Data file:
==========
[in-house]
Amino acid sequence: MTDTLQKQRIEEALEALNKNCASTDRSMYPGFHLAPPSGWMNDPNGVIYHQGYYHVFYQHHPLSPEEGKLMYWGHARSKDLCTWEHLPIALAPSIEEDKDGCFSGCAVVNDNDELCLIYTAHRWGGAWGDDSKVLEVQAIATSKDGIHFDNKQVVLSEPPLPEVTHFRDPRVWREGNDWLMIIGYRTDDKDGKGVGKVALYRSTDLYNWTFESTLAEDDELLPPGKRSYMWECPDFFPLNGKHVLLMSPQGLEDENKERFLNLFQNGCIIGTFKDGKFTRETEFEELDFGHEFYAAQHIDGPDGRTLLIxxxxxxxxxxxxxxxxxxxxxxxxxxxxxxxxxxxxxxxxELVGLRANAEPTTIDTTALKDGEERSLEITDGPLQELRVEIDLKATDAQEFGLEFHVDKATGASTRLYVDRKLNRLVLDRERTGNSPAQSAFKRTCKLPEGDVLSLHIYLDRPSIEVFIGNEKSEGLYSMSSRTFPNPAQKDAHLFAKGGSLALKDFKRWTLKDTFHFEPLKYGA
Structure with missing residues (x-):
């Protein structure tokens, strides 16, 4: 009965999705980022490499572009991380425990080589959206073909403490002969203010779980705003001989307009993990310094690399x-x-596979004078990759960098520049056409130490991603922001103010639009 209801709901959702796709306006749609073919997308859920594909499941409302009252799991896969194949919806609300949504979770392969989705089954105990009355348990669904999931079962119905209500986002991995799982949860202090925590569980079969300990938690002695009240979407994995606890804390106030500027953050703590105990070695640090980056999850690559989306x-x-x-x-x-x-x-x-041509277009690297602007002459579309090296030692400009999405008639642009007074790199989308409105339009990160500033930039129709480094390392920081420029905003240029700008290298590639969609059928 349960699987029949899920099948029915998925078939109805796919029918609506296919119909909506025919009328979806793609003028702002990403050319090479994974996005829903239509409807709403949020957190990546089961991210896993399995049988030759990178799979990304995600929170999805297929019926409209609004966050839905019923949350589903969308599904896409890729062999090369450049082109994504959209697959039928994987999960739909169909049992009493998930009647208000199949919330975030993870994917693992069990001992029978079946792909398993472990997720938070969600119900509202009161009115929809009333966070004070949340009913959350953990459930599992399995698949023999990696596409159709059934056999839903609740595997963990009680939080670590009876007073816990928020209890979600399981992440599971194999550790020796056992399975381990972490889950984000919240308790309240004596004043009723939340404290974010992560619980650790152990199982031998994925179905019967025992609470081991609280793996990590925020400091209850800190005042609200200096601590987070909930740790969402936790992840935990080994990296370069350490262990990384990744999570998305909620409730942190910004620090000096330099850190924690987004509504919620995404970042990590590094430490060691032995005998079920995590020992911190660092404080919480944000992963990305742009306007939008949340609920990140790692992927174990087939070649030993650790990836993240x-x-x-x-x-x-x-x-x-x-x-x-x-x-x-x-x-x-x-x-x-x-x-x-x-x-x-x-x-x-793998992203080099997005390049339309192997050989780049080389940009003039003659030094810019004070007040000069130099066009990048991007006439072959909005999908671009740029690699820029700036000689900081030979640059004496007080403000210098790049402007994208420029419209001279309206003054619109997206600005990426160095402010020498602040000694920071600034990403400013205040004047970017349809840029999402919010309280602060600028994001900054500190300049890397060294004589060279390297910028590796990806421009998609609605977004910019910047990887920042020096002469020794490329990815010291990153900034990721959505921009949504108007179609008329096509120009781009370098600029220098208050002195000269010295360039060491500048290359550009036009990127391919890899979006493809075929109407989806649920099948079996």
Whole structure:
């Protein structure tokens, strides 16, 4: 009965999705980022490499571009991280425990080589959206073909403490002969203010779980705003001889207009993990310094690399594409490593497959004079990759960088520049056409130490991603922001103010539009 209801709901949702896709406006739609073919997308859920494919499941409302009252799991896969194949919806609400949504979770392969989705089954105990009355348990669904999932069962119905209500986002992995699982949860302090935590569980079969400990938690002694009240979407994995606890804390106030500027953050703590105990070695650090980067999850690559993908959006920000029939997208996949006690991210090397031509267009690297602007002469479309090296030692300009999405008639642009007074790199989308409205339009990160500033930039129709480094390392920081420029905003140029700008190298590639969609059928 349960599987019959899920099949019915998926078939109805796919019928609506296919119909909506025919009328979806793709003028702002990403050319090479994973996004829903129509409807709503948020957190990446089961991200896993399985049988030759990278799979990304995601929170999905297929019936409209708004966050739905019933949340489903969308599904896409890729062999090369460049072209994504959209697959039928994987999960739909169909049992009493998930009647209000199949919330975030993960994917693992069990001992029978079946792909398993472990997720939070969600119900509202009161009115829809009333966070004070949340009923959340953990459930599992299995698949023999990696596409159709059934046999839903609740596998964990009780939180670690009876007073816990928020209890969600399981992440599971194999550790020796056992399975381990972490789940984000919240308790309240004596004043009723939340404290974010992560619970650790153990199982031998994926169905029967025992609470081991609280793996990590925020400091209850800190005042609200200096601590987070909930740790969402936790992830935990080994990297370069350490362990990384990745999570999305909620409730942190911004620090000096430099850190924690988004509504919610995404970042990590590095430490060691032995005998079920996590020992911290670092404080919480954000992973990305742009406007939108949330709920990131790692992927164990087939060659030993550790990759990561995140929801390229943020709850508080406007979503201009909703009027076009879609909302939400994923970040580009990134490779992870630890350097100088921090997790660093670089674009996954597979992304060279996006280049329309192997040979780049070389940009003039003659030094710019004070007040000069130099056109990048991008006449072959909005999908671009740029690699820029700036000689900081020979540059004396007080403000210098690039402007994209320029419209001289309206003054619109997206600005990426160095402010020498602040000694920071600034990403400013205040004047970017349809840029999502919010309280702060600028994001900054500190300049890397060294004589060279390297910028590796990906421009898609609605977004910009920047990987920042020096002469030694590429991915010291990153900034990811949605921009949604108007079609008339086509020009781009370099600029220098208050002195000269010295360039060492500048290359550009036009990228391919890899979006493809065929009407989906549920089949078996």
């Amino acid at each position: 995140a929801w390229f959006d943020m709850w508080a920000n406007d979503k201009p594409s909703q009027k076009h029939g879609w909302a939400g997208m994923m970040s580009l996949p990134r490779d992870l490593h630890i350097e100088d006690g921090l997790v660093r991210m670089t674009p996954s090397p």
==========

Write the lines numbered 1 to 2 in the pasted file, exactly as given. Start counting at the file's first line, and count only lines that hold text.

[in-house]
Amino acid sequence: MTDTLQKQRIEEALEALNKNCASTDRSMYPGFHLAPPSGWMNDPNGVIYHQGYYHVFYQHHPLSPEEGKLMYWGHARSKDLCTWEHLPIALAPSIEEDKDGCFSGCAVVNDNDELCLIYTAHRWGGAWGDDSKVLEVQAIATSKDGIHFDNKQVVLSEPPLPEVTHFRDPRVWREGNDWLMIIGYRTDDKDGKGVGKVALYRSTDLYNWTFESTLAEDDELLPPGKRSYMWECPDFFPLNGKHVLLMSPQGLEDENKERFLNLFQNGCIIGTFKDGKFTRETEFEELDFGHEFYAAQHIDGPDGRTLLIxxxxxxxxxxxxxxxxxxxxxxxxxxxxxxxxxxxxxxxxELVGLRANAEPTTIDTTALKDGEERSLEITDGPLQELRVEIDLKATDAQEFGLEFHVDKATGASTRLYVDRKLNRLVLDRERTGNSPAQSAFKRTCKLPEGDVLSLHIYLDRPSIEVFIGNEKSEGLYSMSSRTFPNPAQKDAHLFAKGGSLALKDFKRWTLKDTFHFEPLKYGA